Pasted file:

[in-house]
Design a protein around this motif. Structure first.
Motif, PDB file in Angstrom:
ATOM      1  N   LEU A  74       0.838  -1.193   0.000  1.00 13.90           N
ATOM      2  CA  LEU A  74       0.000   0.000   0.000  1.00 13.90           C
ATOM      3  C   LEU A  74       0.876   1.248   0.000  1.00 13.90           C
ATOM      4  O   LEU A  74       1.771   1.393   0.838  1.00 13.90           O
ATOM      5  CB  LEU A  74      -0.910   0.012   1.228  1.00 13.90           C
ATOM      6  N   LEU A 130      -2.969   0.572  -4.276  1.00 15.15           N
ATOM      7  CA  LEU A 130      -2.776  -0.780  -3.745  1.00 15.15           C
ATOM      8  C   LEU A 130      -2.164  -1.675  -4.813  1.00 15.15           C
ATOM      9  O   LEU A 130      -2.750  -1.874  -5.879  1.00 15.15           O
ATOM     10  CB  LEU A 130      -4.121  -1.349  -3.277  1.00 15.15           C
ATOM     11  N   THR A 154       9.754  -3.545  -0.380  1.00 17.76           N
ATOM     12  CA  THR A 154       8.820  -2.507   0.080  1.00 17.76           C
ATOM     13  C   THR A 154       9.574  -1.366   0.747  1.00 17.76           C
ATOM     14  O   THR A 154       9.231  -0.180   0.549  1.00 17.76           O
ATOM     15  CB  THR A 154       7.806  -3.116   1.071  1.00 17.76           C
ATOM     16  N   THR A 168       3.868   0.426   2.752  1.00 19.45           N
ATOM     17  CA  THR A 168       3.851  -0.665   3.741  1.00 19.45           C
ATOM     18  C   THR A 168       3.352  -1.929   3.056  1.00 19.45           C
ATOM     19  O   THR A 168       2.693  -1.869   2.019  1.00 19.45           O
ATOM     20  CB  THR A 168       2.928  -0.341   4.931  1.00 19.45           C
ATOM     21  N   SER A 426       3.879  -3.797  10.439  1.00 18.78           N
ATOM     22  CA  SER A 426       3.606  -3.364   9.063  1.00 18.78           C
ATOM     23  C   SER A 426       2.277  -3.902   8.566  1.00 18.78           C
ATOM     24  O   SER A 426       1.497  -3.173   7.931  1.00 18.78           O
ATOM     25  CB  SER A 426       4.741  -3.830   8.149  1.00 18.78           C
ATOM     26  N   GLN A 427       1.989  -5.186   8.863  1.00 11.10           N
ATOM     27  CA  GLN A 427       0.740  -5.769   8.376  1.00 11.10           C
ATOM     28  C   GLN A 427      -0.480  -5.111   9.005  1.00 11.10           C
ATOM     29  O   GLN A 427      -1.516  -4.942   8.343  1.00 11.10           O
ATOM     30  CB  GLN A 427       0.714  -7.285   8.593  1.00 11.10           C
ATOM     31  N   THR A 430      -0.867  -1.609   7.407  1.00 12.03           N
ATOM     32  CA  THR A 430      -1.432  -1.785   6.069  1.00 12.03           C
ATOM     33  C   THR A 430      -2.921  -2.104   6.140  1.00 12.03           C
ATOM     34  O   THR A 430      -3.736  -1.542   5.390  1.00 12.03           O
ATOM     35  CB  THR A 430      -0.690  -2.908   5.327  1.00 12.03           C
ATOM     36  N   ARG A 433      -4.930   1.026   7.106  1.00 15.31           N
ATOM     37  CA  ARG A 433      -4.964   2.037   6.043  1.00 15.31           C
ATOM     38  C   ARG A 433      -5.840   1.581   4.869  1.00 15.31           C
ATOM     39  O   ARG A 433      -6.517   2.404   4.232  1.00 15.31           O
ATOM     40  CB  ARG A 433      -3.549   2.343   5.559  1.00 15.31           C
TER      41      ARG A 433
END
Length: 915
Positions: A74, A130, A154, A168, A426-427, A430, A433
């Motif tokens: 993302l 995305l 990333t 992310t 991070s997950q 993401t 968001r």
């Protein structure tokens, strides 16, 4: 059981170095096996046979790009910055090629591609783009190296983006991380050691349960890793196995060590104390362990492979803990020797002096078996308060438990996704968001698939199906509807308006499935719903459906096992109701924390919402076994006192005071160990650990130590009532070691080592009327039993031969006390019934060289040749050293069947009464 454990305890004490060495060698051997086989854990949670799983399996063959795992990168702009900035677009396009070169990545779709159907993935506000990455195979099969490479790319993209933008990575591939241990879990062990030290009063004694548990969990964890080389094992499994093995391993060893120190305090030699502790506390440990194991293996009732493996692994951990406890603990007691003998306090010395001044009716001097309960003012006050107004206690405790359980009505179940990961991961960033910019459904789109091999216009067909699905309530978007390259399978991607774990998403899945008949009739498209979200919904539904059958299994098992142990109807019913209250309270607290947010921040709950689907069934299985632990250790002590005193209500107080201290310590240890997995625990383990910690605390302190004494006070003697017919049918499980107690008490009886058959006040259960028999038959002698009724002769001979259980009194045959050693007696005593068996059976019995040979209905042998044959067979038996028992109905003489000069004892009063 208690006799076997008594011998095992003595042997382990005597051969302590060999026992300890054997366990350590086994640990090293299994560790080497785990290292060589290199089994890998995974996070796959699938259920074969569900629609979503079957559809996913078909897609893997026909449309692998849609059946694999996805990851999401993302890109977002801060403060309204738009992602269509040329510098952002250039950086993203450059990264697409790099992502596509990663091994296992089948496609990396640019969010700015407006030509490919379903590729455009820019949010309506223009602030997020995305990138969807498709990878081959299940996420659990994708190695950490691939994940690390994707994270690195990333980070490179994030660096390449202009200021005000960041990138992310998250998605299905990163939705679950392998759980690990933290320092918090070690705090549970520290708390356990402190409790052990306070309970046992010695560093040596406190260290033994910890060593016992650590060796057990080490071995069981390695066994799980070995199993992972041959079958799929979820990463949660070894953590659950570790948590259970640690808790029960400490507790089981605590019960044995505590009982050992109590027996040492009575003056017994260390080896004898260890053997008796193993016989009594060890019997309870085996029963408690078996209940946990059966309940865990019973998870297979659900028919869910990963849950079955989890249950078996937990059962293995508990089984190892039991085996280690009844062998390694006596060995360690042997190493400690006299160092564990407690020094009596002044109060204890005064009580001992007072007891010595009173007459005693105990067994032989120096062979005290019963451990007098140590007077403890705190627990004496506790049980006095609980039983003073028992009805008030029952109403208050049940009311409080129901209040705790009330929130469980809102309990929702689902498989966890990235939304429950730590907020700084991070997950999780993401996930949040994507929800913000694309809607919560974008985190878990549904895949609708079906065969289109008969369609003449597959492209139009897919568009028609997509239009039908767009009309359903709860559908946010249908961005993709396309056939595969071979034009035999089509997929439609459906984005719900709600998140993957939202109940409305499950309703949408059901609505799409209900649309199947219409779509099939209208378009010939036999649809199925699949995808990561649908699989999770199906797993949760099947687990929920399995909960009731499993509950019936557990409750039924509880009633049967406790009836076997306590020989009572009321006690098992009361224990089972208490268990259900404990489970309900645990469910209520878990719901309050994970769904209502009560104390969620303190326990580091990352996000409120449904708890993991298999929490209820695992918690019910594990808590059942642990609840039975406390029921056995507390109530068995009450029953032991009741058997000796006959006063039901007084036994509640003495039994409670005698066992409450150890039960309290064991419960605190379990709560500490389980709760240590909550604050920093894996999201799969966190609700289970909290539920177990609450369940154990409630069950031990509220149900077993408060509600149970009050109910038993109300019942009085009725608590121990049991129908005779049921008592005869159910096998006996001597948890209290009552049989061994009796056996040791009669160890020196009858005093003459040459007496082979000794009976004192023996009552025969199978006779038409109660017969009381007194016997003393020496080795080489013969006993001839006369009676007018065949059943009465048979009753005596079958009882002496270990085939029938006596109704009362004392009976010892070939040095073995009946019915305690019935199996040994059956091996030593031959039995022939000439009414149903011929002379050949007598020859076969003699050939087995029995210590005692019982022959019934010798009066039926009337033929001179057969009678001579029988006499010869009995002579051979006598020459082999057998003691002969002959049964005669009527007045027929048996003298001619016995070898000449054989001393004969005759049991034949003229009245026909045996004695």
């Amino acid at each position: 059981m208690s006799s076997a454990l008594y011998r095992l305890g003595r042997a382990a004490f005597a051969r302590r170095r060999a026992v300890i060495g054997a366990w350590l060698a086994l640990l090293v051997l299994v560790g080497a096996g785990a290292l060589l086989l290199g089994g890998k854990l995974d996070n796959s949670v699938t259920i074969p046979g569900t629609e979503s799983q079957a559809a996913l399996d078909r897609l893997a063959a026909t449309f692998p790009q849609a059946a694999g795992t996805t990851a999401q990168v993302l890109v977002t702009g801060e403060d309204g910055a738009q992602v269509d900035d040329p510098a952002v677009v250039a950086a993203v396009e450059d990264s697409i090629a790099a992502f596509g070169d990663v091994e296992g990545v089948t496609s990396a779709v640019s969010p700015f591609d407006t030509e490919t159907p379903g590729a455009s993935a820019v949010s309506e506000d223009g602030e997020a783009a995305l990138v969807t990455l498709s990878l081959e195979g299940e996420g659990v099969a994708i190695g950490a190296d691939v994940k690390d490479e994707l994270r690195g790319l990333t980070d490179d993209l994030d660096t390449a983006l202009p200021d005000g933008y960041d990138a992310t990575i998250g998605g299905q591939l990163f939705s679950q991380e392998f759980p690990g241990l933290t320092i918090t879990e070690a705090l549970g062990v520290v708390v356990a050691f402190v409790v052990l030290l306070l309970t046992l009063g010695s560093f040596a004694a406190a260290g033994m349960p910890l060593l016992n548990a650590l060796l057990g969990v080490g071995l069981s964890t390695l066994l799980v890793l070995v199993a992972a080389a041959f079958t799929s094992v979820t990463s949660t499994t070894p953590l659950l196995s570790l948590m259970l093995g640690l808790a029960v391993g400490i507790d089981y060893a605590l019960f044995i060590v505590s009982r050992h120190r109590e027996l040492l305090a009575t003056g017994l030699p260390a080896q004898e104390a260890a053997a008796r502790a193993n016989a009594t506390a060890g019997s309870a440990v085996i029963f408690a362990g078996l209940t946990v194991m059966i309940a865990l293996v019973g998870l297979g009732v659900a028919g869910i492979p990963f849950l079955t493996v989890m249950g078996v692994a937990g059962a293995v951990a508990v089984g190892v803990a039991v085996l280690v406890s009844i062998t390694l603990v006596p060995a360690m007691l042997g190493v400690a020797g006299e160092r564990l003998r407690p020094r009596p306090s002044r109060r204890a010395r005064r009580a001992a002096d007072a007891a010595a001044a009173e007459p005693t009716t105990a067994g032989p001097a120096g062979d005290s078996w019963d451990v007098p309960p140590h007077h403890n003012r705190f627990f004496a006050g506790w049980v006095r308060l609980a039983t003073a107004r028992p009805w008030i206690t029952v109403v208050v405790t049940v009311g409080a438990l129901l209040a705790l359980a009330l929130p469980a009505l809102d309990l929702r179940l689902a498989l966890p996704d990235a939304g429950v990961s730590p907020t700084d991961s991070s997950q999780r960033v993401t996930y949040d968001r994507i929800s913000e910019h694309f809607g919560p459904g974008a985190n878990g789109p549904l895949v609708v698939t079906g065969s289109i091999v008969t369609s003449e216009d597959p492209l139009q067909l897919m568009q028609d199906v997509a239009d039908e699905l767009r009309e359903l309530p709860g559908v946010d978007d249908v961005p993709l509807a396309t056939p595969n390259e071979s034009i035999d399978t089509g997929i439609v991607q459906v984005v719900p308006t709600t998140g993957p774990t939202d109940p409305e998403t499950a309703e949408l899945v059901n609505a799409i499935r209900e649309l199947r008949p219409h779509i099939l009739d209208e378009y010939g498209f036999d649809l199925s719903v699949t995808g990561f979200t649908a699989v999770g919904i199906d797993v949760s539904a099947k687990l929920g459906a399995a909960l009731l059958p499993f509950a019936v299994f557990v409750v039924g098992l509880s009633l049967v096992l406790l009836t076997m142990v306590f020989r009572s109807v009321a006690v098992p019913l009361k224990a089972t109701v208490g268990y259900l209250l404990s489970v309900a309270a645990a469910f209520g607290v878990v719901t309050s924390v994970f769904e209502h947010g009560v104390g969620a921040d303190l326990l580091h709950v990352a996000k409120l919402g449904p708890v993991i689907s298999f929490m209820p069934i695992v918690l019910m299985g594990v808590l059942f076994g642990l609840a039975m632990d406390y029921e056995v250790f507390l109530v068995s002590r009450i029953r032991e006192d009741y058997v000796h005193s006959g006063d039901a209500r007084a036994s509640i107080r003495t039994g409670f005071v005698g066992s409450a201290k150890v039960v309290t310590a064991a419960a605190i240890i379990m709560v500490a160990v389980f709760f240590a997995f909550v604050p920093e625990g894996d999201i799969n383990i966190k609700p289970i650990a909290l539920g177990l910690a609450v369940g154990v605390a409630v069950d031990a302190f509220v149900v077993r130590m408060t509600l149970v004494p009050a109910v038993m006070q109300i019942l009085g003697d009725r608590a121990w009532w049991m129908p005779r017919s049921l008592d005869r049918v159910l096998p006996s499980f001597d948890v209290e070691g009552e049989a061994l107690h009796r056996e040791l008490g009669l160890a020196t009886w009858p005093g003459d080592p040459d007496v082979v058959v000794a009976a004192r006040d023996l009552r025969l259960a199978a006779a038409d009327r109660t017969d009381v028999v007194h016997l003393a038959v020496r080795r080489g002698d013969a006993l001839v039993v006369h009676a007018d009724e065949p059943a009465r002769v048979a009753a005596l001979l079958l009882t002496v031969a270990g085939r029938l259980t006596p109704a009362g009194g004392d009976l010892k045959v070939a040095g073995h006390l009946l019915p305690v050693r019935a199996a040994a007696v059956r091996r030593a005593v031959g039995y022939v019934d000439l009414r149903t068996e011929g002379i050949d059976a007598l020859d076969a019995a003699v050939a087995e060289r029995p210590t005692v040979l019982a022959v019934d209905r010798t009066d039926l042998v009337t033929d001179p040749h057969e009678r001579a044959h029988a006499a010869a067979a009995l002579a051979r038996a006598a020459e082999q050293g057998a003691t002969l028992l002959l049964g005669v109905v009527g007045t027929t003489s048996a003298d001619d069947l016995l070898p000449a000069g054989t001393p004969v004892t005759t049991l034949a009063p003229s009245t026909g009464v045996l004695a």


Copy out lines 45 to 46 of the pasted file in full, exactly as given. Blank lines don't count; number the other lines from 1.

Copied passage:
END
Length: 915